Ben Sollee and Kentucky Native

DLMC is proud to present Ben Sollee and Kentucky Native Saturday, December 9th at the City of Davis Veterans Memorial Theatre. Doors will open at 7pm with music by supporting artists The Riverside and Emily Scott Robinson starting at 7:30pm. The show is open to all ages, seating is general admission. Tickets are available online or at Armadillo Music in Davis.

Sollee returns to the stage at Veterans Memorial Theatre five years after impressing a local crowd with the depth and breadth of his catalog, performance, and style. Several albums and a new, expanded band later, Sollee will stop in Davis while touring on his new album Ben Sollee and Kentucky Native. Ben describes the album as a bluegrass record, fully aware that his is not the traditional view.

“Bluegrass music is immigrant music,” he says, offering his expansive definition across the kitchen table. “It’s the music of Irish and Scottish musicians bringing their fiddle tunes; it is gospel music; it is African music; it is gypsy jazz; it is rock ‘n’ roll. It is all these things. What makes it unique and of Kentucky is that it was distilled by the people who lived here in Kentucky, and turned into something else.”

Ben possesses the insatiable curiosity of an inveterate wanderer, of a close observer. Take the new song, “Mechanical Advantage,” built from simply watching a young woman cross the street. Only the song itself is rather more complex. “It’s just super-duper fun to sing because it’s in this Mexican huapango groove,” Sollee says, singing a bit by way of explanation, “this music of Central Mexico that I love so much. It’s very different, groove-wise, than anything that we play in America, even though it feels very fiddly, and very Appalachian to me. And it should. It’s kind of mountain string music.”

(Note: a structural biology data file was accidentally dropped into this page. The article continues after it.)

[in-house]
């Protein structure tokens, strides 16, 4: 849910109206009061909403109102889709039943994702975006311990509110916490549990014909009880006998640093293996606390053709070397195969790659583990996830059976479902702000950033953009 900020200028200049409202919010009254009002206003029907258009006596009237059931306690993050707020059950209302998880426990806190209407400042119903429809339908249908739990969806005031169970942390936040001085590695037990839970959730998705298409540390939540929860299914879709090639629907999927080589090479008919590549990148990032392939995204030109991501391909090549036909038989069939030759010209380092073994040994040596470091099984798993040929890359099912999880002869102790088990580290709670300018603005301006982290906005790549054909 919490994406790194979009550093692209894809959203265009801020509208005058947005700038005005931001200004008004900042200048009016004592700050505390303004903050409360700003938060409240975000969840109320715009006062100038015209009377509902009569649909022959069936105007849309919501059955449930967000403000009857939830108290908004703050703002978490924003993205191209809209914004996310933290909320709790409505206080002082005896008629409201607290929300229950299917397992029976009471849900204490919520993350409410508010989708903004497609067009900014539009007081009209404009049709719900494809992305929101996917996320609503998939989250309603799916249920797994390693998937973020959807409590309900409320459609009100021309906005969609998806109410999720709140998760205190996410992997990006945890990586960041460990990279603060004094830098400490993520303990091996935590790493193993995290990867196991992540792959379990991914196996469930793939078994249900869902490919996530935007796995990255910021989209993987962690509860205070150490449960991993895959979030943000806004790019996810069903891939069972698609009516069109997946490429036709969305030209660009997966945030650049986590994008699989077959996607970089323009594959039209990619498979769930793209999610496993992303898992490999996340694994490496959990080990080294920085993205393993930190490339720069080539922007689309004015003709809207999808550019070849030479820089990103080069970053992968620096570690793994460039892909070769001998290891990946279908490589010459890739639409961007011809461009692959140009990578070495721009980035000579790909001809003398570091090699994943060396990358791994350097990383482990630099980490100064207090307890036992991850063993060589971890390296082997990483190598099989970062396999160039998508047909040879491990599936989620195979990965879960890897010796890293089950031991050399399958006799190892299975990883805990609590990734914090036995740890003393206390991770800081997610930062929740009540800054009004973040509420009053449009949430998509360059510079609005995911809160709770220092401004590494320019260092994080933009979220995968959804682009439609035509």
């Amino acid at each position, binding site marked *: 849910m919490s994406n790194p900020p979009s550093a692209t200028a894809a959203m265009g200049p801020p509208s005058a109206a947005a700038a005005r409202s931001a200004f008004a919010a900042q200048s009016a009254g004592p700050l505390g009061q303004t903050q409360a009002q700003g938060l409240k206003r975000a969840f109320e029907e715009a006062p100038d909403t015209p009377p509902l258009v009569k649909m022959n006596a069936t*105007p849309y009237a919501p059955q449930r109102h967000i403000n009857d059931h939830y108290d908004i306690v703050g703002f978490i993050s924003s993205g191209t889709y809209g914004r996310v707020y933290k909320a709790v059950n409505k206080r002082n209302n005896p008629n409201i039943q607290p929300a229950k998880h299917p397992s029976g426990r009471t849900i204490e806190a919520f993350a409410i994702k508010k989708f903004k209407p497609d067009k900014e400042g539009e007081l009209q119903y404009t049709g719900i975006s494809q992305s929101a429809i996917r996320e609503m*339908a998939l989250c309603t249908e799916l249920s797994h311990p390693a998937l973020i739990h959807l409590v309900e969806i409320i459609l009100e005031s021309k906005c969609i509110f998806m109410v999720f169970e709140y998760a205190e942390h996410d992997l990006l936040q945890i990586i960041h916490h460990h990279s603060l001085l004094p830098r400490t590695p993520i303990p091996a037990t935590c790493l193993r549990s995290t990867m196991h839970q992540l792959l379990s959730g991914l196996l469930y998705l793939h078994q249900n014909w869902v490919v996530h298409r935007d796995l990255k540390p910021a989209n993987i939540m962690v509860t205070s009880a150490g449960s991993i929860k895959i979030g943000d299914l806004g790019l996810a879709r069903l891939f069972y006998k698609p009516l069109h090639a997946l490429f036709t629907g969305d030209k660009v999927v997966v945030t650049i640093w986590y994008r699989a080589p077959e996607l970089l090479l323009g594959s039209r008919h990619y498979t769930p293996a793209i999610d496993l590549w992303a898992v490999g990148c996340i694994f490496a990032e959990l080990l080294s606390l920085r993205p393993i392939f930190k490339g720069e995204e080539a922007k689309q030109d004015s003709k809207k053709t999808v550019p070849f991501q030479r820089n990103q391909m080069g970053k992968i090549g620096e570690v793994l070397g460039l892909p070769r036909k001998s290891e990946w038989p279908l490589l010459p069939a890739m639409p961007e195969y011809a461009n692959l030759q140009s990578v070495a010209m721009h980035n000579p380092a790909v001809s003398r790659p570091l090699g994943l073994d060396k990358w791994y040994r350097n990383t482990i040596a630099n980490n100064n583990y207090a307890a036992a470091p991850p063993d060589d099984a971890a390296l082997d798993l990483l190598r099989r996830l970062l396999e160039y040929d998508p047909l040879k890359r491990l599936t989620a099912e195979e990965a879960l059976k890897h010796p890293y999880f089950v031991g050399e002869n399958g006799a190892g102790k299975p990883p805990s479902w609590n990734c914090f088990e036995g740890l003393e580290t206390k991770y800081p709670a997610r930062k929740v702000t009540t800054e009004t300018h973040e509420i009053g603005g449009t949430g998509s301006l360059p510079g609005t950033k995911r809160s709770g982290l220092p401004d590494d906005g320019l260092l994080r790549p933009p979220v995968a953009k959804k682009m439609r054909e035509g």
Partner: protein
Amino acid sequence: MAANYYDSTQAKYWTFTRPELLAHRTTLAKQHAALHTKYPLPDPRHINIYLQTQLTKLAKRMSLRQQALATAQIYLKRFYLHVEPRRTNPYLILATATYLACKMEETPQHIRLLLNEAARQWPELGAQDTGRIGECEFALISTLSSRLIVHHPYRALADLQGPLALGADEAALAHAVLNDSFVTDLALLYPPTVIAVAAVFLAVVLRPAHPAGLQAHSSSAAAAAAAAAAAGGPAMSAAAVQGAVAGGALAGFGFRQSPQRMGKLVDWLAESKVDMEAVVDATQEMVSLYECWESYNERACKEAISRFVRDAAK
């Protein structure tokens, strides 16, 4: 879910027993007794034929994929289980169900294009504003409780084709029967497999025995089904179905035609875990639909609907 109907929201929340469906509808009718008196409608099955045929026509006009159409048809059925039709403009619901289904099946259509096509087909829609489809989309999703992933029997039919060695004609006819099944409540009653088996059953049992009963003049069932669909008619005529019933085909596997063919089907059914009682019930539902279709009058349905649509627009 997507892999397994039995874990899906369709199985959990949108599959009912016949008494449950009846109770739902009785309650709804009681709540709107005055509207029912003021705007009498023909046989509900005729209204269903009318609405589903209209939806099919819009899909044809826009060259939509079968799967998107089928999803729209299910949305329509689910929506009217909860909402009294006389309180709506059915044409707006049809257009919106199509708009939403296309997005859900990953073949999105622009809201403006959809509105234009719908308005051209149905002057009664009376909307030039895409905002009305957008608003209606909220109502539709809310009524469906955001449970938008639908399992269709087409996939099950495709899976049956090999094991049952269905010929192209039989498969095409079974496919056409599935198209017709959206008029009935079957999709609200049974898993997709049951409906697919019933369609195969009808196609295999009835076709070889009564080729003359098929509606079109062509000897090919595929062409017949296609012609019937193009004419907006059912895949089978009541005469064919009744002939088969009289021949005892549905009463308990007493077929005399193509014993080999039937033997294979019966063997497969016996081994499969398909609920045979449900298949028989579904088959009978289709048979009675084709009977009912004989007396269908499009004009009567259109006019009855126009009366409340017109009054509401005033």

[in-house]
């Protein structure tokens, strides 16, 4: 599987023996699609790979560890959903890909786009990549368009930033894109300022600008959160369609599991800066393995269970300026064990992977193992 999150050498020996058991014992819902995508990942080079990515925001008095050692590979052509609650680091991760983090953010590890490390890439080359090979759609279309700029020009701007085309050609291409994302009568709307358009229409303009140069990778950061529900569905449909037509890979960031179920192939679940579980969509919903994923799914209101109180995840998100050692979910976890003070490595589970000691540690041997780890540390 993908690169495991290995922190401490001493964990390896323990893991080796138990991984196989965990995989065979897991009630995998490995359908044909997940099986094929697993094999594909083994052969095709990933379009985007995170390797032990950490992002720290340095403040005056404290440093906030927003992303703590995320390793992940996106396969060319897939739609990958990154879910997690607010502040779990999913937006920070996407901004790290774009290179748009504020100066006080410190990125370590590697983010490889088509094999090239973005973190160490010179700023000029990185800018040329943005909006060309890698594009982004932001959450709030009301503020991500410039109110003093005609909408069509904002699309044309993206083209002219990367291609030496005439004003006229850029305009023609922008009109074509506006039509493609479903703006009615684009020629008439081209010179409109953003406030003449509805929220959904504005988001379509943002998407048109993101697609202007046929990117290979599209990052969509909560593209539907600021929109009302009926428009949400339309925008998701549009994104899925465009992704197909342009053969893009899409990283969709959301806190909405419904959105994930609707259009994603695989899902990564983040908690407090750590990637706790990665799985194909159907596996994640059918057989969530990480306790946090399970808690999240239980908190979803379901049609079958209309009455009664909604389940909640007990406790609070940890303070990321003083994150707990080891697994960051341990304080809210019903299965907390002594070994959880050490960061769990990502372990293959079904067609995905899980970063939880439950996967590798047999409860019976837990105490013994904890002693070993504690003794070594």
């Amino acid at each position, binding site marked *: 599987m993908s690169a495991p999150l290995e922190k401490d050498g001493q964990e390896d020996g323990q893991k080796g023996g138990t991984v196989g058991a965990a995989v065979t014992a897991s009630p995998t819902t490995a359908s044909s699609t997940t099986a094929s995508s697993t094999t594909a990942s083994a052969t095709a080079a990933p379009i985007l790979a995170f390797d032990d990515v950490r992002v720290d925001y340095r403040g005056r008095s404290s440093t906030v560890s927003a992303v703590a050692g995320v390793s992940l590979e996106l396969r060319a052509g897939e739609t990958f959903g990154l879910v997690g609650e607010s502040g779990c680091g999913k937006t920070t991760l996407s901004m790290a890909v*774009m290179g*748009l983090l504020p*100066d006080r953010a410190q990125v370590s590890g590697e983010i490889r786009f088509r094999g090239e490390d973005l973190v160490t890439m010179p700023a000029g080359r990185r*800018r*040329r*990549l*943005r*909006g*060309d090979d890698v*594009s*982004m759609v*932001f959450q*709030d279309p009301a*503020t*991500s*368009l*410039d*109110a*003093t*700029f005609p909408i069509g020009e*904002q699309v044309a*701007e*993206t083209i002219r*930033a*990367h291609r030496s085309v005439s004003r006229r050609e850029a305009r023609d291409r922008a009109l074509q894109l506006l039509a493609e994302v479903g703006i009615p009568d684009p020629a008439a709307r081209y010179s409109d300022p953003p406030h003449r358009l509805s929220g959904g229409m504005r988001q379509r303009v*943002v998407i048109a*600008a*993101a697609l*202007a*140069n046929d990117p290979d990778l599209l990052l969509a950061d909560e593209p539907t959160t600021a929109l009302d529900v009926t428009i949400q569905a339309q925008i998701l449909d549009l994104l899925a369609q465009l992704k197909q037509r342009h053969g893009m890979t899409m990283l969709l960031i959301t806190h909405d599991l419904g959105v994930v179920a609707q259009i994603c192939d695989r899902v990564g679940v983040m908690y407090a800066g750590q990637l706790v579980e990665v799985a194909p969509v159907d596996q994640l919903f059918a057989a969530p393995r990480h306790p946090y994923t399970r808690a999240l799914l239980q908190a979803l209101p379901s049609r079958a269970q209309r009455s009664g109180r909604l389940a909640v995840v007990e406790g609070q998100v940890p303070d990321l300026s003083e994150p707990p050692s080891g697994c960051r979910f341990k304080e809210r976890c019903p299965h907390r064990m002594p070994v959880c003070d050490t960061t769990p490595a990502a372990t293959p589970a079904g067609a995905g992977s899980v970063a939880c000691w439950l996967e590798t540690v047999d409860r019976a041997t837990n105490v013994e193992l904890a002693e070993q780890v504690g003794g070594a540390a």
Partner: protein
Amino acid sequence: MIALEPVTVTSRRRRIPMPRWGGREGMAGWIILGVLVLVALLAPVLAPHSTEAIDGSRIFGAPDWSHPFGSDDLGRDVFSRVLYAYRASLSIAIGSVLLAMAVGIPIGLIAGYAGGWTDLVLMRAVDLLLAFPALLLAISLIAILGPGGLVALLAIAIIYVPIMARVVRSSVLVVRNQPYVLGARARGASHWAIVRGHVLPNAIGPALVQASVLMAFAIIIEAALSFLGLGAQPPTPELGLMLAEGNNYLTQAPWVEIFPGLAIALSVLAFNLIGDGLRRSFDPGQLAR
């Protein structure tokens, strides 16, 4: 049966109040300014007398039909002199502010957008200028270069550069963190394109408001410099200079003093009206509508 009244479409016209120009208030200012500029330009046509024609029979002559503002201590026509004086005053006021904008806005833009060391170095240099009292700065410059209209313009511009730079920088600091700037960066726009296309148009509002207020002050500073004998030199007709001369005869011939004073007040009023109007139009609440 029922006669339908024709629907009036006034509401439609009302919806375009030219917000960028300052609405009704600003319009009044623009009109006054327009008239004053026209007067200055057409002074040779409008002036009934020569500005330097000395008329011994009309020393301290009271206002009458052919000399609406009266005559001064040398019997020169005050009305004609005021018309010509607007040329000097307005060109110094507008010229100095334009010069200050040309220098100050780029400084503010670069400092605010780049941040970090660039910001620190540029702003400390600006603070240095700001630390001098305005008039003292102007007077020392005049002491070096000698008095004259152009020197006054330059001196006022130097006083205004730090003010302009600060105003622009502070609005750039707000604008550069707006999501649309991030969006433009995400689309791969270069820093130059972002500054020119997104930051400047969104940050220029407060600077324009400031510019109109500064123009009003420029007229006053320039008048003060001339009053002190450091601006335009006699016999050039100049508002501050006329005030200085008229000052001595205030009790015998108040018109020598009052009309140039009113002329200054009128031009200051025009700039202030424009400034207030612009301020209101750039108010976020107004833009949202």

And then he talks about Lauryn Hill, Paul Simon, and Nina Simone, “this continual path to try to get to where some of my favorite artists are.”

Which is why Ben Sollee is serious about his interpretation of bluegrass. “What does bluegrass music sound like today if we continue to include cultures that live here? I’m trying to continue the actual act of what bluegrass music was and is, rather than maintaining a tradition. Adding a node to the tradition.”